Spending my Freshman year of college in a motorized wheelchair was NOT how I wanted to begin my new “adult” life. I was finally free to explore the world outside of my hometown and I wanted to do just that. The wheelchair made it difficult for me to explore my dormitory, much less the whole world.
When I started back to school my sophomore year, I had moved out of the Freshman dorms and into and more private suite on the opposite side of campus. I had 3, mostly nice, roommates and my own private room. I decorated the suite with all the Asian trinkets my mother had gotten for me in Japan and I painted the walls gray and then hand painted intricate trees and water lilies on the walls despite knowing they would need to be removed at year’s end.
This was going to be a new year for me. I had gotten off to a rocky start but this was my chance to start over. I felt liberated. I was a new woman on a campus that in many respects I was viewing for the first time. I was thrilled to finally be able to do all the things I had missed out on. I was happy. I can still remember the day I was moving into my suite. I was journeying across the parking lot on two feet, with by luggage in my arms, when I got a call on my cell phone. I don’t remember who it was on the other line. All I remember is that someone notified me that J.P. Keenan had died.
I had lost friends before J.P. but this particular loss rocked my hometown like no other. J.P. Keenan was the first boyfriend I ever had. It was a middle school romance which basically meant we exchanged adoring glances in the hallways and went to the dances as a couple. J.P. was a natural athlete with looks to kill. He was always very personable and popular. Everyone in our hometown either knew J.P. or knew of him. He was just one of those people who was naturally good at everything he put his hand to. He seemed altogether indestructible… until, just like that, he was gone. It seemed like some ridiculously bad joke. J.P. Keenan was a super star, clearly destined for greatness. Someone like that doesn’t just die. It turned out that J.P. had been out at a bar. He was under age and had been over served. From what I can recall, J.P. fell and sustained an injury that caused bleeding in his brain. His friends, believing he was just intoxicated, took him to the house they were staying at and put him to bed. J.P. never woke up. By the time his friends got him to a hospital it was much too late.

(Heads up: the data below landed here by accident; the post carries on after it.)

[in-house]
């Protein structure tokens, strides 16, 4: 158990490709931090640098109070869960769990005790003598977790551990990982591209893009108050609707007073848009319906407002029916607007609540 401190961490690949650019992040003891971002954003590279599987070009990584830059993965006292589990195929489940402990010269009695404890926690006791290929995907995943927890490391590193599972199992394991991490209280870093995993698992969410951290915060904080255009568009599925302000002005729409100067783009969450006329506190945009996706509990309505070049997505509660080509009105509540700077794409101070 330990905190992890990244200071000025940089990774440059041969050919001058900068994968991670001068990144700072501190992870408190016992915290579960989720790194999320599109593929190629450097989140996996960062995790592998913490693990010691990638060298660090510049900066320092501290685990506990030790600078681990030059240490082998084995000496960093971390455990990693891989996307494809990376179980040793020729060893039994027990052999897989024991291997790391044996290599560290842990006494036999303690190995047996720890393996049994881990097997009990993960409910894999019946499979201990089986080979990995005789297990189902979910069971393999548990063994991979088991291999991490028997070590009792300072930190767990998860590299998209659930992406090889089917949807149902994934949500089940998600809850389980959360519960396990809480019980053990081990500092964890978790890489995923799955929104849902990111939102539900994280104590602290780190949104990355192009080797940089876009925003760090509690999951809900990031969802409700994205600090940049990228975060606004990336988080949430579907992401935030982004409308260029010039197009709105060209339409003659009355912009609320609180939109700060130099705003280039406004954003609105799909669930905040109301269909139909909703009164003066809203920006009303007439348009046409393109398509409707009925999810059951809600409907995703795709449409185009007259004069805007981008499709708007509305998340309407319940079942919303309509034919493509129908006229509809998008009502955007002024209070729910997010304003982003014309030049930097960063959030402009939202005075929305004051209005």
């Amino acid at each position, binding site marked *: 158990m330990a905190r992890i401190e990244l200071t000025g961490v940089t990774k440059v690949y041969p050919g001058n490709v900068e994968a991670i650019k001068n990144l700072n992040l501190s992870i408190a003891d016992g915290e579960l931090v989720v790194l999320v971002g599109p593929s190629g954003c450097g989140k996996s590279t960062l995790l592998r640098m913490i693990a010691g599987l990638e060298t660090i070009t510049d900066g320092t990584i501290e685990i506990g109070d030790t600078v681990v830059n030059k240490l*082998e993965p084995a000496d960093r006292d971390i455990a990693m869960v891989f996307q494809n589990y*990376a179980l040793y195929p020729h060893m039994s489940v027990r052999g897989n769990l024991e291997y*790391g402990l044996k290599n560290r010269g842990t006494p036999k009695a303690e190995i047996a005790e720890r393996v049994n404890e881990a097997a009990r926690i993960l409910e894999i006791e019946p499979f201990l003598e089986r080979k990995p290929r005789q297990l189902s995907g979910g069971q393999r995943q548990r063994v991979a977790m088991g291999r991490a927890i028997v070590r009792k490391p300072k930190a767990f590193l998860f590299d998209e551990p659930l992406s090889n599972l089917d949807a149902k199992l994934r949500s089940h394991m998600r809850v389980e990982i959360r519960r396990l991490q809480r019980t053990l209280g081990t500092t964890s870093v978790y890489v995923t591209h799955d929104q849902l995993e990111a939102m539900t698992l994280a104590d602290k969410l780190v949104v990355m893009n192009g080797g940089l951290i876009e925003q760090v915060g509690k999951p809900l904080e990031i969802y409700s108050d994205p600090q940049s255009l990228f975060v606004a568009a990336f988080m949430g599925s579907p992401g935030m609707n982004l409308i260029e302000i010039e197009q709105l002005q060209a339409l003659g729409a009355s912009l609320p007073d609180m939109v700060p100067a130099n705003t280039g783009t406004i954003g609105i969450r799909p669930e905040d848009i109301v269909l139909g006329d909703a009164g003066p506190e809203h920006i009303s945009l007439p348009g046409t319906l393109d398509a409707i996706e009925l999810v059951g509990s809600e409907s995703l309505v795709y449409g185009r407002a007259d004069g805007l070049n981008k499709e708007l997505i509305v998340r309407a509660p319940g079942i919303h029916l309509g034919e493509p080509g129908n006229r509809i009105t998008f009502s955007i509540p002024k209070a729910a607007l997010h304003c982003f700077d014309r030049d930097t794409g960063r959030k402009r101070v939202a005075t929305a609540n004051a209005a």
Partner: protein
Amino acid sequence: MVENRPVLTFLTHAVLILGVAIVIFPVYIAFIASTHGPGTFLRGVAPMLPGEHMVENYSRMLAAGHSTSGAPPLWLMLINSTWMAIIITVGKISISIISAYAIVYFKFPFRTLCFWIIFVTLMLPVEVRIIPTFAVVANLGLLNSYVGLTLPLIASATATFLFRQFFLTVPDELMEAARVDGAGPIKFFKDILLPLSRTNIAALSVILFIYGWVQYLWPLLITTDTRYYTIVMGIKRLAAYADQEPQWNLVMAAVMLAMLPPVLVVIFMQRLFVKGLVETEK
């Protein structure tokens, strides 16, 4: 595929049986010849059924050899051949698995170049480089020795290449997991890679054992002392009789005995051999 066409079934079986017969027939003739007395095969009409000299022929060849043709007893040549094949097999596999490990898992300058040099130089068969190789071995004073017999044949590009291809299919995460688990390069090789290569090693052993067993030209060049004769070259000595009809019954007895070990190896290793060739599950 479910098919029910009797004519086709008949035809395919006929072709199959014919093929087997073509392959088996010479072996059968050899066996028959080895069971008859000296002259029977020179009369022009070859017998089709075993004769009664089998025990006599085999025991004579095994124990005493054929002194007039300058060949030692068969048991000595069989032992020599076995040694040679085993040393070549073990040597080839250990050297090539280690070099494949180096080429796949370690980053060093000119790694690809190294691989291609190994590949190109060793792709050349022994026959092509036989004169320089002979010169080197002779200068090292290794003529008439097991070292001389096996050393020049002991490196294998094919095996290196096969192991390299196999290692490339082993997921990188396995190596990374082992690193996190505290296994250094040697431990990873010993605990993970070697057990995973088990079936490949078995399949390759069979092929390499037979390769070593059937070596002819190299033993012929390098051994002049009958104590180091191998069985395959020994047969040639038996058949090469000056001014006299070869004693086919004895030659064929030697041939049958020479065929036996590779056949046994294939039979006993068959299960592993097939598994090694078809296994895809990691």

His funeral was like no other I have ever attended. Every pew was filled and people lined the edges of the church. Some even stood outside. I can still remember how odd it felt swimming through that sea of faces that were always familiar to me until that day. Faces that I had never seen so bent and broken. Eyes that connected only for a moment, as if to say, it’s true he is really gone. “I am so sorry” is all I could think as I made my way through and up to the open casket at the front of the room. Once everyone had an opportunity to say a few last words to J.P., his mother stood and made her way to the front of the church. Her body seemed limp and lifeless as she forced herself onward with the help of her husband and daughter. When she began to speak, I could see her lips moving and I could read the pain in her eyes. I watched as she began to realize that no sound was coming out of her exhausted body and with a deep breath, forced the sound to come out of her lungs. She wept.. and we all wept in silence as we watched her. Her strength was so inspiring as she thanked each and every one of us for being there. In that moment she understood the impact her child had made on so many people and she was humbled as she stood looking out at us. I remember feeling as if I didn’t have the right to mourn him. I knew him, yes. But by high school he ran with a different crowd, and as you know, I had moved on to Salem Academy. But my heart ached not only for J.P. but also for his family, for my friends, for our community. I wanted to grab each and every one of them and hold them and tell them it was ok to cry. I wanted to end all their suffering. I wanted to help… but I was helpless.
J.P.’s death was something that I truly thought would inspire change in many of my hometown friends. I thought they would lay off of the parties and grow up a little. I thought his death would mature them. That it would mean something. Months later, after spiraling into a deep depression, I decided to go by the cemetery to visit his grave. I felt I needed an opportunity to tell him what his life and death had meant to me. When I got there though, I found some half smoked blunts and empty beer cans decorating his grave stone. It looked as if someone had come to reminisce in their own way and just forgot to clean up their mess. Perhaps they just lacked the compassion to consider how this sight would make J.P.’s family feel the next time they stopped to leave flowers. I was enraged. I cleaned the mess up and wiped off the gravestone. I begged God to help those who were suffering and mourning J.P. not to make the same choices and to walk a new path. I left determined to make changes in my own life. I was going to focus on school, to let go of my hometown friends and find new friends with bigger goals, to move forward and be a better person. I was going to set an example. But, truth be told, when I returned to school, I locked myself away in my room. I cried. I cried some more. I felt more alone and scared than I ever had and in addition to failing miserably at my new quest, I felt an incredible amount of guilt for it. I felt like at any moment the world could just open up and swallow me and no one would ever notice. I was slipping and by the end of that year I was put on academic probation with threats of expulsion. I was lost…